TORONTO – Dr. Danielle Martin (pictured), a family physician and VP of medical affairs at Women’s College Hospital, has published ‘Better Now: Six Big Ideas to Improve Healthcare.’ The book outlines Dr. Martin’s recommendations for enhancing the medicare system in Canada.
As a family doctor, Dr. Martin sees the cracks and challenges in our healthcare system every day. A passionate believer in the value of fairness that underpins the Canadian healthcare system, Dr. Martin is on a mission to improve Medicare in ways that will benefit us all.
In ‘Better Now,’ she shows how fundamental fixes are both achievable and affordable. Her patients’ stories and her own family’s experiences illustrate the evidence she brings together about what works best to improve healthcare for all.
• Big Idea 1: The Return to Relationships: Ensure relationship-based primary healthcare for every Canadian.
• Big Idea 2: A Nation With a Drug Problem: Bring prescription drugs under Medicare.
• Big Idea 3: Don’t Just Do Something, Stand There: Reduce unnecessary tests and interventions.
• Big Idea 4: Doing More with Less: Reorganize health care delivery to reduce wait times and improve quality.
• Big Idea 5: Basic Income for Basic Health: Implement a basic income guarantee.
• Big Idea 6: The Anatomy of Change: Scale up successful solutions across the country.
In 2013, Dr. Martin was named one of the Toronto Star’s top “13 People to Watch.” Appearing regularly on CBC’s The National, where she comments on the latest in cancer research to physician assisted dying, Danielle is a strong advocate for removing barriers to care.
In 2013, she helped found the WCH Institute for Health Systems Solutions and Virtual Care – a real-world solutions engine dedicated to solving the health gaps in our system.
Known for her debate on the merits of the Canadian vs. American health systems, she continues to defend and define the ways that we can make our healthcare system more equitable and effective.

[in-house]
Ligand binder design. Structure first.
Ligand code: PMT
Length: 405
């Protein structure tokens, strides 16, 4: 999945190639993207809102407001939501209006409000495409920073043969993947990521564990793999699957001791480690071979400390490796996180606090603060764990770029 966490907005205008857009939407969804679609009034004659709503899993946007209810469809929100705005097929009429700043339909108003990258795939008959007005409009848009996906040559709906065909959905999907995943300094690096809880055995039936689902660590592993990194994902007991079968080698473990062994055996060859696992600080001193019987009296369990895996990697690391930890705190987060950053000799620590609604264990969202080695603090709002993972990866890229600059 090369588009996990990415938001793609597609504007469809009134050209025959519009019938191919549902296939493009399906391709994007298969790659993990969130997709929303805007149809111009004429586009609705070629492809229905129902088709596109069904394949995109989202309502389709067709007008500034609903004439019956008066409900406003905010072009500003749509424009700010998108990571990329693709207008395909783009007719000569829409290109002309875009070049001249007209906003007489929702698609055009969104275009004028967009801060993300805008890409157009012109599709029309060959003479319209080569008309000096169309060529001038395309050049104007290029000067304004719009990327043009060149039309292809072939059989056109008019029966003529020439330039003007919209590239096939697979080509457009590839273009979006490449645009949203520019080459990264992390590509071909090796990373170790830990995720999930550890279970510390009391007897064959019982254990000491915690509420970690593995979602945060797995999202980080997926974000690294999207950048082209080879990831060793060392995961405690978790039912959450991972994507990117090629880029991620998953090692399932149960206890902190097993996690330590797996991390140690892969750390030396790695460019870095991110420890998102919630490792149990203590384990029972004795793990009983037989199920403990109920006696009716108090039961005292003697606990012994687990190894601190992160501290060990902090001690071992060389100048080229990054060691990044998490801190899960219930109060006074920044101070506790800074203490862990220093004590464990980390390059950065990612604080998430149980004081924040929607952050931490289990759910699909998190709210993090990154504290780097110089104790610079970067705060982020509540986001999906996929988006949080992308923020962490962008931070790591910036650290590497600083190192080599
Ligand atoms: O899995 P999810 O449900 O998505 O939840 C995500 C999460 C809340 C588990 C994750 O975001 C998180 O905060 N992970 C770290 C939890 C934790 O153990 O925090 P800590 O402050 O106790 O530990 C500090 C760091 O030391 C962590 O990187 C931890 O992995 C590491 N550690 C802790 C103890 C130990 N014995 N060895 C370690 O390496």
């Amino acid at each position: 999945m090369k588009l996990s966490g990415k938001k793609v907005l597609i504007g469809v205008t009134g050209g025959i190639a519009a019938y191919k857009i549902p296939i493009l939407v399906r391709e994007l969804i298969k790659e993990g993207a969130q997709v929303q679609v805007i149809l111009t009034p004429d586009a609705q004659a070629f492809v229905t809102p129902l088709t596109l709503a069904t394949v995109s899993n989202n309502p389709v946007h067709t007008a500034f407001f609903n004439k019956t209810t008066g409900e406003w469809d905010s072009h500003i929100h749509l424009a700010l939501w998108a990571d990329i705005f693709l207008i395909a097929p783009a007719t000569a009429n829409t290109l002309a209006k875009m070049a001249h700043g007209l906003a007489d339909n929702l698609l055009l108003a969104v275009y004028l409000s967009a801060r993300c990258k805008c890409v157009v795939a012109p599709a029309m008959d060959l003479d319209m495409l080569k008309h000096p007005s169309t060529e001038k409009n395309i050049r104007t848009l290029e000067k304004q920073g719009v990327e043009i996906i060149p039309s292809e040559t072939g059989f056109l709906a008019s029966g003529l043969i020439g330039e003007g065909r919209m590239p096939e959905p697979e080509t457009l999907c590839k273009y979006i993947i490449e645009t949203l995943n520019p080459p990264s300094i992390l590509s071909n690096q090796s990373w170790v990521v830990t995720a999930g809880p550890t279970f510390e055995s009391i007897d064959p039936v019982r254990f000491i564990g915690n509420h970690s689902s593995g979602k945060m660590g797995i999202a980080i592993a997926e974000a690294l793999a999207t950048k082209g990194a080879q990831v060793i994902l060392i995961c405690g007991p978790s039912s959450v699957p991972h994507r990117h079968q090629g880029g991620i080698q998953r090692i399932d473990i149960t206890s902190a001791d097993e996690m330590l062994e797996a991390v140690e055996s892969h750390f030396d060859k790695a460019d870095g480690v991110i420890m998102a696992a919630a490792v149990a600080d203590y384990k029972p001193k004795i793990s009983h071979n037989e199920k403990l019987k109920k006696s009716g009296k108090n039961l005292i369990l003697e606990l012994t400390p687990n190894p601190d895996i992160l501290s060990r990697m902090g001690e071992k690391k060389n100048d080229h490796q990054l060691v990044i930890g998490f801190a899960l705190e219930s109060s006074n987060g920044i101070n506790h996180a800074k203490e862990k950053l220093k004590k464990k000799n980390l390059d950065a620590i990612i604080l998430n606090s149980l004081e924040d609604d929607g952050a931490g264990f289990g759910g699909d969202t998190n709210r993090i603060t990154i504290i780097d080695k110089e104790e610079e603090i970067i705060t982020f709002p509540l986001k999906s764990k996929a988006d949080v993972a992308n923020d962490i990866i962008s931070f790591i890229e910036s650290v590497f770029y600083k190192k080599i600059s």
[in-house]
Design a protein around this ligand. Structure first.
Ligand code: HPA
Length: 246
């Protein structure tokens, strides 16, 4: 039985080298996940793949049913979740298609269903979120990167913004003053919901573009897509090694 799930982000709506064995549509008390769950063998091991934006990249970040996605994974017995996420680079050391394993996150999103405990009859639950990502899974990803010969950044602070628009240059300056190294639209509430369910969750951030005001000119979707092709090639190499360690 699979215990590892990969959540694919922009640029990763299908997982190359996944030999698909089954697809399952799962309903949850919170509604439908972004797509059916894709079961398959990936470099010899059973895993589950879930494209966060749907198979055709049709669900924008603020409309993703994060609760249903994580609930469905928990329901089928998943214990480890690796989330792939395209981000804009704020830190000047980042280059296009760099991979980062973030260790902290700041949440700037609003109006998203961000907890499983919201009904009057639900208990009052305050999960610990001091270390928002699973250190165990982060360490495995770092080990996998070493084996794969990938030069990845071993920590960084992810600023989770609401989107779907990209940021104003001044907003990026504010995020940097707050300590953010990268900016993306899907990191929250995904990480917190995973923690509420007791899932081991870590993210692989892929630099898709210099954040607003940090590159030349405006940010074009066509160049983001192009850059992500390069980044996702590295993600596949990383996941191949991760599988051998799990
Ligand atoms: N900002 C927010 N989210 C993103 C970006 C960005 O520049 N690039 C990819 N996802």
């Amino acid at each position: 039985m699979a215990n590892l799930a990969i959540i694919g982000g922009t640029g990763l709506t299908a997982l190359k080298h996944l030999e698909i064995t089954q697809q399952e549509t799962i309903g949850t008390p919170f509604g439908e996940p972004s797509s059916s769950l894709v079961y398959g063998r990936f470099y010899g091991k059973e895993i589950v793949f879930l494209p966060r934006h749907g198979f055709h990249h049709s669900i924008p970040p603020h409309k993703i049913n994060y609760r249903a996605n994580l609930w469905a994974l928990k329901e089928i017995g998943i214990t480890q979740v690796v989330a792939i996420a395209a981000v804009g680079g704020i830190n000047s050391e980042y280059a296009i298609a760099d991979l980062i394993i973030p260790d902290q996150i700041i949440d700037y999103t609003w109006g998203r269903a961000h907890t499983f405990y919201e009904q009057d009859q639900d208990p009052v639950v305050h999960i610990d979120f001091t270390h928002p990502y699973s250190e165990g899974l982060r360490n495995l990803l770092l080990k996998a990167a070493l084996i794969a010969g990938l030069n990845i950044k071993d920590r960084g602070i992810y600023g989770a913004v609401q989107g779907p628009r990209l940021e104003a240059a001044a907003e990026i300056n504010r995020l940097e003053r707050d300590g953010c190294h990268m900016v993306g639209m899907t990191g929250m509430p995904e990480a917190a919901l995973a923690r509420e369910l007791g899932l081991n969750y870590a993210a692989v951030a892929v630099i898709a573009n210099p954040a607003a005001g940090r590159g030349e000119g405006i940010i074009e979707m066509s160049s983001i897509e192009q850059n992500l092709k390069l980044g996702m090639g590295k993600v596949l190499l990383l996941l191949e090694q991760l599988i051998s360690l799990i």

Dr. Martin told the Toronto Star that her activism was instilled by her mother, Anita Shilton, a dean at Ryerson University, and her father, D’Arcy Martin, a labour activist.
“I grew up being taught and therefore believing that everyone should be pitching in and doing what they can to make the world a better place,” she says. “There’s no way to say that that doesn’t sound cheesy, but it’s true.”
She also grew up with a tragic story about the desolate healthcare landscape that awaited her maternal grandfather when he arrived in Canada from Egypt, which was in the midst of political turmoil, in 1951.
In the book’s prologue, she recounts how Jacques Elie Shilton, a Renaissance man who spoke seven languages, was physically and financially ruined after his 1952 coronary. Breathing difficulties and crippling circulatory troubles followed. But in the pay-out-of-pocket medical system of the day, he often had to forgo needed drugs and treatments.
Chronic health and financial troubles caused his marriage to dissolve, and his need to borrow money for surgery strained broader family relations for generations.
“My mother found him dead at four o’clock in the morning on March 9, 1966 … he was 54 years old,” Martin writes. “My mother’s view is that the struggle to deal with the financial hardships – along with health problems – destroyed her family.”
Her grandfather’s story gave Martin the healthcare focus that’s guided her career – a career that reversed the path taken by most activist physicians.
“For most physician leaders and physicians who are more active in system-level issues, the normal trajectory is that you begin as a doctor,” she says. “And (as a doctor) you come to understand and appreciate the importance of high-functioning systems and the social determinants of health and all of those larger issues as a result of one-to-one (patient) interactions.”
Martin, instead, dove head first into those big-policy issues after earning a science degree from McGill in 1998, becoming an assistant to Liberal health critic Gerard Kennedy in the Ontario legislature.
“I was passionate about improving the healthcare system before I turned to medicine as a career,” she says.
Dr. Martin, who is vice-president of medical affairs and health system solutions at Women’s College Hospital, also earned a master’s degree in public policy from the University of Toronto, where she is now an assistant professor in family and community medicine.